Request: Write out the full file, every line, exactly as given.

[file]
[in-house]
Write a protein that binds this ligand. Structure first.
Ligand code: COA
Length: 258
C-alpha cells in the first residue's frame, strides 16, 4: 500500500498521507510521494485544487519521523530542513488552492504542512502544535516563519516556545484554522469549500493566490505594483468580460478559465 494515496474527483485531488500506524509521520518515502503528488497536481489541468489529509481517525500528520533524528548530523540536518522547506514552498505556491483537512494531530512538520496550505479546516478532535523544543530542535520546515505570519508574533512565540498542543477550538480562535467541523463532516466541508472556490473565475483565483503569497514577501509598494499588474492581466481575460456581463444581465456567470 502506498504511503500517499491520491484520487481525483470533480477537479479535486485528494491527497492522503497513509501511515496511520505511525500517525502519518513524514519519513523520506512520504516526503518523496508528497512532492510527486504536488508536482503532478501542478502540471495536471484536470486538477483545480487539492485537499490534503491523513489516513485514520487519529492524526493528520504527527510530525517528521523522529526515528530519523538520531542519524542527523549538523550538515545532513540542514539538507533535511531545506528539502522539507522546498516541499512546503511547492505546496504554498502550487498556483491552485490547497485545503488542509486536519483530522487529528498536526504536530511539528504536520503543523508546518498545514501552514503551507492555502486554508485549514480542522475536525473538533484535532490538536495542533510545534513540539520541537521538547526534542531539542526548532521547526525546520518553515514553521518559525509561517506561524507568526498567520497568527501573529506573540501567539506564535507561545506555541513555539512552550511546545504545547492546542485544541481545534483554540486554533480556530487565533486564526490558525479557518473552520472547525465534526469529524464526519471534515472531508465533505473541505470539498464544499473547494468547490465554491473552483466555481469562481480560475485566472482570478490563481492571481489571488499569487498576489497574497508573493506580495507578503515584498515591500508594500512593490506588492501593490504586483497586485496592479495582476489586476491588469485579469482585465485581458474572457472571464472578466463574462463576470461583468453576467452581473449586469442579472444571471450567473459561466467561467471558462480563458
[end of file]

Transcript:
[in-house]
Write a protein that binds this ligand. Structure first.
Ligand code: COA
Length: 258
C-alpha cells in the first residue's frame, strides 16, 4: 500500500498521507510521494485544487519521523530542513488552492504542512502544535516563519516556545484554522469549500493566490505594483468580460478559465 494515496474527483485531488500506524509521520518515502503528488497536481489541468489529509481517525500528520533524528548530523540536518522547506514552498505556491483537512494531530512538520496550505479546516478532535523544543530542535520546515505570519508574533512565540498542543477550538480562535467541523463532516466541508472556490473565475483565483503569497514577501509598494499588474492581466481575460456581463444581465456567470 502506498504511503500517499491520491484520487481525483470533480477537479479535486485528494491527497492522503497513509501511515496511520505511525500517525502519518513524514519519513523520506512520504516526503518523496508528497512532492510527486504536488508536482503532478501542478502540471495536471484536470486538477483545480487539492485537499490534503491523513489516513485514520487519529492524526493528520504527527510530525517528521523522529526515528530519523538520531542519524542527523549538523550538515545532513540542514539538507533535511531545506528539502522539507522546498516541499512546503511547492505546496504554498502550487498556483491552485490547497485545503488542509486536519483530522487529528498536526504536530511539528504536520503543523508546518498545514501552514503551507492555502486554508485549514480542522475536525473538533484535532490538536495542533510545534513540539520541537521538547526534542531539542526548532521547526525546520518553515514553521518559525509561517506561524507568526498567520497568527501573529506573540501567539506564535507561545506555541513555539512552550511546545504545547492546542485544541481545534483554540486554533480556530487565533486564526490558525479557518473552520472547525465534526469529524464526519471534515472531508465533505473541505470539498464544499473547494468547490465554491473552483466555481469562481480560475485566472482570478490563481492571481489571488499569487498576489497574497508573493506580495507578503515584498515591500508594500512593490506588492501593490504586483497586485496592479495582476489586476491588469485579469482585465485581458474572457472571464472578466463574462463576470461583468453576467452581473449586469442579472444571471450567473459561466467561467471558462480563458